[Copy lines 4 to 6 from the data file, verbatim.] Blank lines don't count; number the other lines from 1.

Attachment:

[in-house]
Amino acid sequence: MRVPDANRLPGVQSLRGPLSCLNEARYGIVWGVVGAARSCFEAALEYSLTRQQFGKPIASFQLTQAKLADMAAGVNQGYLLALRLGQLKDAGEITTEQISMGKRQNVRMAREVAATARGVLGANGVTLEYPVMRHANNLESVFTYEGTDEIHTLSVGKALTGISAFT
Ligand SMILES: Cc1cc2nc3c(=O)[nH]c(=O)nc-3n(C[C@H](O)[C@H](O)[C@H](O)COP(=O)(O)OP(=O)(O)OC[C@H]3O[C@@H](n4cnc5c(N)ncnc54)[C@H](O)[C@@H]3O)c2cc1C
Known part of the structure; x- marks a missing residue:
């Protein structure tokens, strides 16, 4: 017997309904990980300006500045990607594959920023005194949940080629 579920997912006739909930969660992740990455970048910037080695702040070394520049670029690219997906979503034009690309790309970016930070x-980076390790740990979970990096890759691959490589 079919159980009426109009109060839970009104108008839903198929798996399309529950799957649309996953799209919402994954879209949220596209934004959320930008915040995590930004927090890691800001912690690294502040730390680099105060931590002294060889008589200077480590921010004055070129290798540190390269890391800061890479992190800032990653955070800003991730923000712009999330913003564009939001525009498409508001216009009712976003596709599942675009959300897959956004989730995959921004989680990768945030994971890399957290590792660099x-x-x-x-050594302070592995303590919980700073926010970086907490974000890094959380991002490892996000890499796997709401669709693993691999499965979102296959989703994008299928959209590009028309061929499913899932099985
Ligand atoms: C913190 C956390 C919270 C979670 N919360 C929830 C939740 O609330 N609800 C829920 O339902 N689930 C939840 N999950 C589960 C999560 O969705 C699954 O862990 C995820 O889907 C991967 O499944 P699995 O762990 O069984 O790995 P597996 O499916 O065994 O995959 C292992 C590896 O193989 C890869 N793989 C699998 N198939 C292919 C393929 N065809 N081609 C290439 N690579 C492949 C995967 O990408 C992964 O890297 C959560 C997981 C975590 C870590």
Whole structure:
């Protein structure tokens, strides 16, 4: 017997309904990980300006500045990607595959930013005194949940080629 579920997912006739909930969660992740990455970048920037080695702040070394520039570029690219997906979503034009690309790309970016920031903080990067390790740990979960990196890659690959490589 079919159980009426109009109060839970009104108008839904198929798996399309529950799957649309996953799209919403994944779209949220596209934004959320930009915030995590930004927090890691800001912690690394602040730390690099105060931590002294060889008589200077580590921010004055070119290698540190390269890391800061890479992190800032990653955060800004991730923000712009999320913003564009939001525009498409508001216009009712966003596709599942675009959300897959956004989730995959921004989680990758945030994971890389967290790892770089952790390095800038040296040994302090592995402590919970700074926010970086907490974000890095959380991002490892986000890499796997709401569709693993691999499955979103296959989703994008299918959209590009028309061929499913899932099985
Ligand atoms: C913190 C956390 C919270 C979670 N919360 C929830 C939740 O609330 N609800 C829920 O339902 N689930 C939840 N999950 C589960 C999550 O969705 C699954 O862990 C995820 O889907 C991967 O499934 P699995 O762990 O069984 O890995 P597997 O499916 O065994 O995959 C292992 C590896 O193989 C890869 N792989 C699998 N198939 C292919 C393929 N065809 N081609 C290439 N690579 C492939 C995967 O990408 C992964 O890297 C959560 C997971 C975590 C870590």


Known part of the structure; x- marks a missing residue:
């Protein structure tokens, strides 16, 4: 017997309904990980300006500045990607594959920023005194949940080629 579920997912006739909930969660992740990455970048910037080695702040070394520049670029690219997906979503034009690309790309970016930070x-980076390790740990979970990096890759691959490589 079919159980009426109009109060839970009104108008839903198929798996399309529950799957649309996953799209919402994954879209949220596209934004959320930008915040995590930004927090890691800001912690690294502040730390680099105060931590002294060889008589200077480590921010004055070129290798540190390269890391800061890479992190800032990653955070800003991730923000712009999330913003564009939001525009498409508001216009009712976003596709599942675009959300897959956004989730995959921004989680990768945030994971890399957290590792660099x-x-x-x-050594302070592995303590919980700073926010970086907490974000890094959380991002490892996000890499796997709401669709693993691999499965979102296959989703994008299928959209590009028309061929499913899932099985
Ligand atoms: C913190 C956390 C919270 C979670 N919360 C929830 C939740 O609330 N609800 C829920 O339902 N689930 C939840 N999950 C589960 C999560 O969705 C699954 O862990 C995820 O889907 C991967 O499944 P699995 O762990 O069984 O790995 P597996 O499916 O065994 O995959 C292992 C590896 O193989 C890869 N793989 C699998 N198939 C292919 C393929 N065809 N081609 C290439 N690579 C492949 C995967 O990408 C992964 O890297 C959560 C997981 C975590 C870590």